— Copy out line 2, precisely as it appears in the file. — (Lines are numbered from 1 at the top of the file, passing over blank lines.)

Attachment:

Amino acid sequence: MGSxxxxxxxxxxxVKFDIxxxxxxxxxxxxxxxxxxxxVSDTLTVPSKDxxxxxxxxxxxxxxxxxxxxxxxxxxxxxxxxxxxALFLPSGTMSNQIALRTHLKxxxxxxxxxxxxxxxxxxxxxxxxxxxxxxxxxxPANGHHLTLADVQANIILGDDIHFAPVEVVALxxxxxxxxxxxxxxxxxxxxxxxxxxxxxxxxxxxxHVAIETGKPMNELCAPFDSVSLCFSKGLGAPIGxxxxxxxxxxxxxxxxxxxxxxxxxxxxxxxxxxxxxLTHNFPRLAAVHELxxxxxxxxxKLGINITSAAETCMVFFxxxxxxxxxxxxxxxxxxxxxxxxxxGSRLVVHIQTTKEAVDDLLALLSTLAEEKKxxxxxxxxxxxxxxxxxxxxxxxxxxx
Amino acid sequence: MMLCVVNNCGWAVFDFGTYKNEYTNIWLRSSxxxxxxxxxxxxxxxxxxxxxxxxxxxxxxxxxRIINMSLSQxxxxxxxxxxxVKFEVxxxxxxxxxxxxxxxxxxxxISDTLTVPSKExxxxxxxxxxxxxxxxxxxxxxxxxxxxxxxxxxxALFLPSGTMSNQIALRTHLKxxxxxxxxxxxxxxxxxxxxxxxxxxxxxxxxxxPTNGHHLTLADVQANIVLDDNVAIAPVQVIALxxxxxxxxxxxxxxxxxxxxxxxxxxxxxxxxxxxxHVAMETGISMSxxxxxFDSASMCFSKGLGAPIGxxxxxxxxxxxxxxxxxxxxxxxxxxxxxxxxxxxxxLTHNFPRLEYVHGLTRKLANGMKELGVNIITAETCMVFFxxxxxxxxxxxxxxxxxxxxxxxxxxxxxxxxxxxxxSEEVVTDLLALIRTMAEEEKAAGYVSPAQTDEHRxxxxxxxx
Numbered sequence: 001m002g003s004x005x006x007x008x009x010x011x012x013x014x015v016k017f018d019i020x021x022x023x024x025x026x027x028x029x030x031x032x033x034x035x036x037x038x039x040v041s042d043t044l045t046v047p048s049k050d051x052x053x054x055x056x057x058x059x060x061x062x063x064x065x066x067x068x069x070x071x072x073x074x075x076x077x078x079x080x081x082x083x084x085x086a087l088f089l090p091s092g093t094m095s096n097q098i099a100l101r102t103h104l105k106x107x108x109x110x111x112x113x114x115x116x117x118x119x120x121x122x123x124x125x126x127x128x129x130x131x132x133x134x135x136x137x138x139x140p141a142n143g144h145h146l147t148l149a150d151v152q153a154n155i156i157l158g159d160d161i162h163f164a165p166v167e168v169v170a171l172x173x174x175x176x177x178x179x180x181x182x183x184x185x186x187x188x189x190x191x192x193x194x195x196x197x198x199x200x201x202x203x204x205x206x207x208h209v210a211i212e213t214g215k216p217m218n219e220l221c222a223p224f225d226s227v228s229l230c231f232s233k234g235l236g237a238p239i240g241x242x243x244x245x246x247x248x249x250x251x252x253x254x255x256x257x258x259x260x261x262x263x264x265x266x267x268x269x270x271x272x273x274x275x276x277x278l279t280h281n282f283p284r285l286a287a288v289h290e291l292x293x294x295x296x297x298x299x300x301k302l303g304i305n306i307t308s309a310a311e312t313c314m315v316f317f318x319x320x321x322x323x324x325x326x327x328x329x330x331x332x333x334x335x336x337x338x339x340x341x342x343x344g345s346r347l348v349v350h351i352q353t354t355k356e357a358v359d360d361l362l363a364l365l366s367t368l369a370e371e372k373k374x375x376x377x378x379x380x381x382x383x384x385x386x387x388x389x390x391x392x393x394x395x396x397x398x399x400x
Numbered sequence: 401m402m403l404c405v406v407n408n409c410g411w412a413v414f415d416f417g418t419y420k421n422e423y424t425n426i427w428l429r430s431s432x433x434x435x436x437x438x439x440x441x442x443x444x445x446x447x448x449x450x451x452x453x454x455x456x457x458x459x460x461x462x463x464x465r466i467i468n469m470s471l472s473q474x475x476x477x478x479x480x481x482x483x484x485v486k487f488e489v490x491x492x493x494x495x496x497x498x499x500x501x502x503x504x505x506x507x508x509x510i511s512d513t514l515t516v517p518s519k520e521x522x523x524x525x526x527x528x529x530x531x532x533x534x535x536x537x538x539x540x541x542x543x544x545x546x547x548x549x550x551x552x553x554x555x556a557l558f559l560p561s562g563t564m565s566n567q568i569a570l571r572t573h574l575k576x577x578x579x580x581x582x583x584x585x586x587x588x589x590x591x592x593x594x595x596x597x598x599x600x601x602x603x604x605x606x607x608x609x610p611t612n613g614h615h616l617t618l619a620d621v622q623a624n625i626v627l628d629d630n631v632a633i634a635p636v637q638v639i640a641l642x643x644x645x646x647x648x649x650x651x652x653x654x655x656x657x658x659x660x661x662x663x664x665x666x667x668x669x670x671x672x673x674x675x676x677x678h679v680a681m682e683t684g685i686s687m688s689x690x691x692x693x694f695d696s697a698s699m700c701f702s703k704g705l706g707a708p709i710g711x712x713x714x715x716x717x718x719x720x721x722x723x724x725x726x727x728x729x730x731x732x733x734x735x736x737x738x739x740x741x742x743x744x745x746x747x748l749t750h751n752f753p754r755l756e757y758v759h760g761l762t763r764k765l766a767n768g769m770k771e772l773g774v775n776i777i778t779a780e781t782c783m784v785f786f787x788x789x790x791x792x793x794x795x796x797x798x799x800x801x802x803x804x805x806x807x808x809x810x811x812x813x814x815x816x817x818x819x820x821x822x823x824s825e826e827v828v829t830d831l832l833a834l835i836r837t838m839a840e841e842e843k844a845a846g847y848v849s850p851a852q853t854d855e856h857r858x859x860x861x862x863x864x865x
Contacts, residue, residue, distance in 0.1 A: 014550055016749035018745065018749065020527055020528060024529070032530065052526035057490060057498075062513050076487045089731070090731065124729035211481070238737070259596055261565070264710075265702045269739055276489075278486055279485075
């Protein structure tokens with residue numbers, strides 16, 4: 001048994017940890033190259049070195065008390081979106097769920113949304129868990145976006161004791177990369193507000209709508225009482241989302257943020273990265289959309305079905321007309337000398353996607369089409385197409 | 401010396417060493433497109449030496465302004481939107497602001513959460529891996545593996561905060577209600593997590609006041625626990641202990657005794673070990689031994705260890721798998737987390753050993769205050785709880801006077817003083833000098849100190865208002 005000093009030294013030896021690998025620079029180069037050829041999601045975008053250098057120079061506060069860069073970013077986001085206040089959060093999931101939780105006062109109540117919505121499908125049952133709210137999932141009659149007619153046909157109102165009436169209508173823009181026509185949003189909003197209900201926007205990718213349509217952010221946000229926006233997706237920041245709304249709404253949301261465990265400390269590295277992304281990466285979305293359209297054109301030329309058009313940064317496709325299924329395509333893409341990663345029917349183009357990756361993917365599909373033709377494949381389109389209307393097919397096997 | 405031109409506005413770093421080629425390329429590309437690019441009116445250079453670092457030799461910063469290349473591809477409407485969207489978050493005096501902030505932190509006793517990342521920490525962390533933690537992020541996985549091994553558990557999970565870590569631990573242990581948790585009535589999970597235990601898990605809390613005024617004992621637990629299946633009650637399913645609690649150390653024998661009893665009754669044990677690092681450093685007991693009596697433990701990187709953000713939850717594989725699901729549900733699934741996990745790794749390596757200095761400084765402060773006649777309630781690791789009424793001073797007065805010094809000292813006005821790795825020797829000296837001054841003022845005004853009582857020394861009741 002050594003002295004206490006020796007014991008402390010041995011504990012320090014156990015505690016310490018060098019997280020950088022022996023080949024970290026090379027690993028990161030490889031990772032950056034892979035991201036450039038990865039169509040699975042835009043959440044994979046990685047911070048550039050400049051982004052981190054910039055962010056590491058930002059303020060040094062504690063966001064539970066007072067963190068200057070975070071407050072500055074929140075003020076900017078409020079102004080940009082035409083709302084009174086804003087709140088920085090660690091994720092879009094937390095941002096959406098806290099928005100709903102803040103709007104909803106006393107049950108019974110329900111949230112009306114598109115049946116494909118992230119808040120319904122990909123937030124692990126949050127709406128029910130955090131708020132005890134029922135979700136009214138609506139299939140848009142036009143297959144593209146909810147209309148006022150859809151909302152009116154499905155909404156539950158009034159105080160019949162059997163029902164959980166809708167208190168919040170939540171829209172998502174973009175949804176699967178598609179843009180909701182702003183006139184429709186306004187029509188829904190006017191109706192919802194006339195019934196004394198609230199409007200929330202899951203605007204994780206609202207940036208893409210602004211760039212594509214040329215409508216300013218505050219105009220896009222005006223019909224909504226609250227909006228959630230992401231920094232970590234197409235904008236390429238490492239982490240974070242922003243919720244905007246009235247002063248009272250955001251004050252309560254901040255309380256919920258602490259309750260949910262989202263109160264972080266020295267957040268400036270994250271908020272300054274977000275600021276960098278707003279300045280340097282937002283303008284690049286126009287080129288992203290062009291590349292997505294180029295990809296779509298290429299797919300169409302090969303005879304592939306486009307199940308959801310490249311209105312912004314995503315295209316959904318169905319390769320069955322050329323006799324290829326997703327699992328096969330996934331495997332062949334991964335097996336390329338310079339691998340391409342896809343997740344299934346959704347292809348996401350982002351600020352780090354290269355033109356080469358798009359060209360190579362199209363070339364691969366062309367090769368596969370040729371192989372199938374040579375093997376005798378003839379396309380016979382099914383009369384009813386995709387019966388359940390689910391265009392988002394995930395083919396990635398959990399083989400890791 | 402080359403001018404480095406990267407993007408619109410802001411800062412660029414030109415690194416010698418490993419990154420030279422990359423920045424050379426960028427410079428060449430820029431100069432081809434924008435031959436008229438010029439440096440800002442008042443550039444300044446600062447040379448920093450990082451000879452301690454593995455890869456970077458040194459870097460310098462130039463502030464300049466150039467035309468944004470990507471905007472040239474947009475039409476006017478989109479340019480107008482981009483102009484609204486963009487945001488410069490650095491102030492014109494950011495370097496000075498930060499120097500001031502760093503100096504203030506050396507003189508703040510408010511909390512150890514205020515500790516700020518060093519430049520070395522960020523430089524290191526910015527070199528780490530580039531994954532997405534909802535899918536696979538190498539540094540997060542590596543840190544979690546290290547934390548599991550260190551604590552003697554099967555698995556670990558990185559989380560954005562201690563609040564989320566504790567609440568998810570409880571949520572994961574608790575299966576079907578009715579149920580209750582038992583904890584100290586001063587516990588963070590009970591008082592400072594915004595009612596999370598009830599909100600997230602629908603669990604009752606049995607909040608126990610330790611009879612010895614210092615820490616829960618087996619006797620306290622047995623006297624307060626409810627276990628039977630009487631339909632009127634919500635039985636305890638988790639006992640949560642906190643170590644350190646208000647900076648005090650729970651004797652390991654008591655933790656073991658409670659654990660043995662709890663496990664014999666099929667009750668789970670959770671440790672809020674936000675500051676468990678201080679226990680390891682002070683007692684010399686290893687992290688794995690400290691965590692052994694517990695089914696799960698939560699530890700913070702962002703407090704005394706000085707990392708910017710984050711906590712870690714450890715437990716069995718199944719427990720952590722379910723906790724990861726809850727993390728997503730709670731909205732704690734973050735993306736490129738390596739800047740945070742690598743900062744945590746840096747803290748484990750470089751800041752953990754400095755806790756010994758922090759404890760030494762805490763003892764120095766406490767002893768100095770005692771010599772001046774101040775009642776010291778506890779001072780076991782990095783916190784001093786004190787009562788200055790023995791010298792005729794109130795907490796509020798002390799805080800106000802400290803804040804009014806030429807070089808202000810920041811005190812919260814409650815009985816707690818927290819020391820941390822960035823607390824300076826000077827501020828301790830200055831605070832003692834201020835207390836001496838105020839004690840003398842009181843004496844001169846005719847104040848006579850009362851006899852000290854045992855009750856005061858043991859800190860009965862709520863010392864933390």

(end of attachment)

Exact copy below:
Amino acid sequence: MMLCVVNNCGWAVFDFGTYKNEYTNIWLRSSxxxxxxxxxxxxxxxxxxxxxxxxxxxxxxxxxRIINMSLSQxxxxxxxxxxxVKFEVxxxxxxxxxxxxxxxxxxxxISDTLTVPSKExxxxxxxxxxxxxxxxxxxxxxxxxxxxxxxxxxxALFLPSGTMSNQIALRTHLKxxxxxxxxxxxxxxxxxxxxxxxxxxxxxxxxxxPTNGHHLTLADVQANIVLDDNVAIAPVQVIALxxxxxxxxxxxxxxxxxxxxxxxxxxxxxxxxxxxxHVAMETGISMSxxxxxFDSASMCFSKGLGAPIGxxxxxxxxxxxxxxxxxxxxxxxxxxxxxxxxxxxxxLTHNFPRLEYVHGLTRKLANGMKELGVNIITAETCMVFFxxxxxxxxxxxxxxxxxxxxxxxxxxxxxxxxxxxxxSEEVVTDLLALIRTMAEEEKAAGYVSPAQTDEHRxxxxxxxx